Arches is perched atop the Colorado Plateau, a high desert region stretching from western Colorado across southern Utah and northern New Mexico to Arizona. This area is one of the most sparsely populated region of the contiguous 48 states, but it contains the nation's greatest wealth of national parks. It is a place teeming with scenic treasures almost beyond belief: mountains, gorges, rushing rivers, great canyons, escarpments, buttes, spires, pinnacles, and endless stretches of desert landscape.

If you're planning to visit Utah, a trip to Arches is well worth the time it takes to get there. You'll witness firsthand the unusual landscapes that have been backdrops for some well-known movies. To read about the most impressive sights (and to learn which movies Arches has been in), go to the next page.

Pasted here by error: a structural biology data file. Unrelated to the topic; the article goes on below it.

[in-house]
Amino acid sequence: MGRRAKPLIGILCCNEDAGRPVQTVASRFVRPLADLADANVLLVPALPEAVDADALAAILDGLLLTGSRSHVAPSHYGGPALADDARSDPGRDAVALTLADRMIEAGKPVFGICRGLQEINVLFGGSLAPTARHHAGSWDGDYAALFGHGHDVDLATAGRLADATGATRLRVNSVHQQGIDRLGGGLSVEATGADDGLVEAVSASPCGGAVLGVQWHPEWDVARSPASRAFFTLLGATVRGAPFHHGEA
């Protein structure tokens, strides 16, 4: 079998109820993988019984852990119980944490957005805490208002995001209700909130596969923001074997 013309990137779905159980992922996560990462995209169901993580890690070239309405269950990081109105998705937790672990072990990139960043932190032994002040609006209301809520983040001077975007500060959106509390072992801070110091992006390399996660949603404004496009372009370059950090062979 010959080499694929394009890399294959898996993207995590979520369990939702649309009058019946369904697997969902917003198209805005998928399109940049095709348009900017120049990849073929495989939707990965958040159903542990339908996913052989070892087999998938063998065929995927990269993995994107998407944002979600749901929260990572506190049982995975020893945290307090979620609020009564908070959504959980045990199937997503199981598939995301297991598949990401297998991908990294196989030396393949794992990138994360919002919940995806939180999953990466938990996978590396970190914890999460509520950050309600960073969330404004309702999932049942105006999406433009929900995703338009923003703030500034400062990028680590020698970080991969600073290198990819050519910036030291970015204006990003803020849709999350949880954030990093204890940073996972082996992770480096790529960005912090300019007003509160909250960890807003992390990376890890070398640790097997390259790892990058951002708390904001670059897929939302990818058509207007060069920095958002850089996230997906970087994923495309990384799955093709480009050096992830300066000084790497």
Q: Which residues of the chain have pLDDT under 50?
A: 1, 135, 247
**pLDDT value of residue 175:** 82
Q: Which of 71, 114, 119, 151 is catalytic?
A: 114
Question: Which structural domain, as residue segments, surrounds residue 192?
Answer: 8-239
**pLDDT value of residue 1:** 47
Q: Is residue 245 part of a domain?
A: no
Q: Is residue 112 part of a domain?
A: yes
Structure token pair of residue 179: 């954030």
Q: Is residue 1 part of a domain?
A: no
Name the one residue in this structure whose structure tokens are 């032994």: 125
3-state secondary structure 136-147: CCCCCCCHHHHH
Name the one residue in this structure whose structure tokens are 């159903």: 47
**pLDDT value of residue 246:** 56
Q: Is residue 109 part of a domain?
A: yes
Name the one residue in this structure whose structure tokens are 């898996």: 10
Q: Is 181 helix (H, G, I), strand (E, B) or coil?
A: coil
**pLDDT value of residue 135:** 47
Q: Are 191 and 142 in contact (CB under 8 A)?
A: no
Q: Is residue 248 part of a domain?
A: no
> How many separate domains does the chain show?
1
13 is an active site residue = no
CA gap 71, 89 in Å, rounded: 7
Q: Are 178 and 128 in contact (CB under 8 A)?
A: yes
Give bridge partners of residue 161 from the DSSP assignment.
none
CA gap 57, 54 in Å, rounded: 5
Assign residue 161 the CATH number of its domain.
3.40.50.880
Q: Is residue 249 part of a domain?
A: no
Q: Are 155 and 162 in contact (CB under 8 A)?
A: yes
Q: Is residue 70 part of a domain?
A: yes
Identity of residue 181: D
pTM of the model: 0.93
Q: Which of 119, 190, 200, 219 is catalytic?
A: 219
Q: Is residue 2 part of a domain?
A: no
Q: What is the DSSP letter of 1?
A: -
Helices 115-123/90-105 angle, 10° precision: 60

Sightseeing at Arches National Park

©2006 National Park Services Delicate Arch, which is 65 feet tall and 35 feet wide, perches on the rim of a canyon. The arch is all that remains of a huge sandstone wall called a fin.

Arches National Park contains the world's largest concentration of natural stone arches. There are hundreds of them, and they come in every shape and color imaginable, from the world-famous Delicate Arch to the colossal Landscape Arch. Another noted feature that is easily accessible via the park road is "Park Avenue," where vertical slabs or fins of red Entrada sandstone tower over the surrounding painted desert like New York skyscrapers.